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http://dx.doi.org/10.1177/2041669517716183DOI Listing
http://www.ncbi.nlm.nih.gov/pmc/articles/PMC5484432PMC
June 2017

Temporal Attention as a Scaffold for Language Development.

Front Psychol 2016 2;7:44. Epub 2016 Feb 2.

Department of Basic Psychology, University of BarcelonaBarcelona, Spain; Department of Basic Psychology, Institute for Brain, Cognition and Behavior (IR3C), University of BarcelonaBarcelona, Spain.

Language is one of the most fascinating abilities that humans possess. Infants demonstrate an amazing repertoire of linguistic abilities from very early on and reach an adult-like form incredibly fast. However, language is not acquired all at once but in an incremental fashion. In this article we propose that the attentional system may be one of the sources for this developmental trajectory in language acquisition. At birth, infants are endowed with an attentional system fully driven by salient stimuli in their environment, such as prosodic information (e.g., rhythm or pitch). Early stages of language acquisition could benefit from this readily available, stimulus-driven attention to simplify the complex speech input and allow word segmentation. At later stages of development, infants are progressively able to selectively attend to specific elements while disregarding others. This attentional ability could allow them to learn distant non-adjacent rules needed for morphosyntactic acquisition. Because non-adjacent dependencies occur at distant moments in time, learning these dependencies may require correctly orienting attention in the temporal domain. Here, we gather evidence uncovering the intimate relationship between the development of attention and language. We aim to provide a novel approach to human development, bridging together temporal attention and language acquisition.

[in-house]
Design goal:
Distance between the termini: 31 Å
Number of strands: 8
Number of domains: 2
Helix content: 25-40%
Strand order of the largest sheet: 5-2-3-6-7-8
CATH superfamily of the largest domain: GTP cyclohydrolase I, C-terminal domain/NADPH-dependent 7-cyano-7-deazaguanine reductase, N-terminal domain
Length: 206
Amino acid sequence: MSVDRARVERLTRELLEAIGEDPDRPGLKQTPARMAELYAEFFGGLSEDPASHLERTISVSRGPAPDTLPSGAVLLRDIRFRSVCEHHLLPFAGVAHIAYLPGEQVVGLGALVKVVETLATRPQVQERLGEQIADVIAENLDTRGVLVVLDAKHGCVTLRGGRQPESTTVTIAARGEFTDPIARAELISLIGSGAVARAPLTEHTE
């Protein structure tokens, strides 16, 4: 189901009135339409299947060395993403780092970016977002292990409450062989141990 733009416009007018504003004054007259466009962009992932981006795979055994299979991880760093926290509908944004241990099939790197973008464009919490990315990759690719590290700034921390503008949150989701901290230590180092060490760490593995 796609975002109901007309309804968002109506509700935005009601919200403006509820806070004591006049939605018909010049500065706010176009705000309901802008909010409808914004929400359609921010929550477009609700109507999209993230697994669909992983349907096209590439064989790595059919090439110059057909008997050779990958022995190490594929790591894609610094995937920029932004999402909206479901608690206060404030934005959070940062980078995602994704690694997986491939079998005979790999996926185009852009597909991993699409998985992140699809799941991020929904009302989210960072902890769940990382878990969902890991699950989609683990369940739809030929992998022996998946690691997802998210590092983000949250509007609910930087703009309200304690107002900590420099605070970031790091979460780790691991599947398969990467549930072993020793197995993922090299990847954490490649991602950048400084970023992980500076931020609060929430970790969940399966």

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http://dx.doi.org/10.3389/fpsyg.2016.00044DOI Listing
http://www.ncbi.nlm.nih.gov/pmc/articles/PMC4735410PMC
February 2016

Bilingualism modulates infants' selective attention to the mouth of a talking face.

Psychol Sci 2015 Apr 12;26(4):490-8. Epub 2015 Mar 12.

Department of Communication Sciences and Disorders, Northeastern University

Infants growing up in bilingual environments succeed at learning two languages. What adaptive processes enable them to master the more complex nature of bilingual input? One possibility is that bilingual infants take greater advantage of the redundancy of the audiovisual speech that they usually experience during social interactions. Thus, we investigated whether bilingual infants' need to keep languages apart increases their attention to the mouth as a source of redundant and reliable speech cues. We measured selective attention to talking faces in 4-, 8-, and 12-month-old Catalan and Spanish monolingual and bilingual infants. Monolinguals looked more at the eyes than the mouth at 4 months and more at the mouth than the eyes at 8 months in response to both native and nonnative speech, but they looked more at the mouth than the eyes at 12 months only in response to nonnative speech. In contrast, bilinguals looked equally at the eyes and mouth at 4 months, more at the mouth than the eyes at 8 months, and more at the mouth than the eyes at 12 months, and these patterns of responses were found for both native and nonnative speech at all ages. Thus, to support their dual-language acquisition processes, bilingual infants exploit the greater perceptual salience of redundant audiovisual speech cues at an earlier age and for a longer time than monolingual infants.
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http://dx.doi.org/10.1177/0956797614568320DOI Listing
http://www.ncbi.nlm.nih.gov/pmc/articles/PMC4398611PMC
April 2015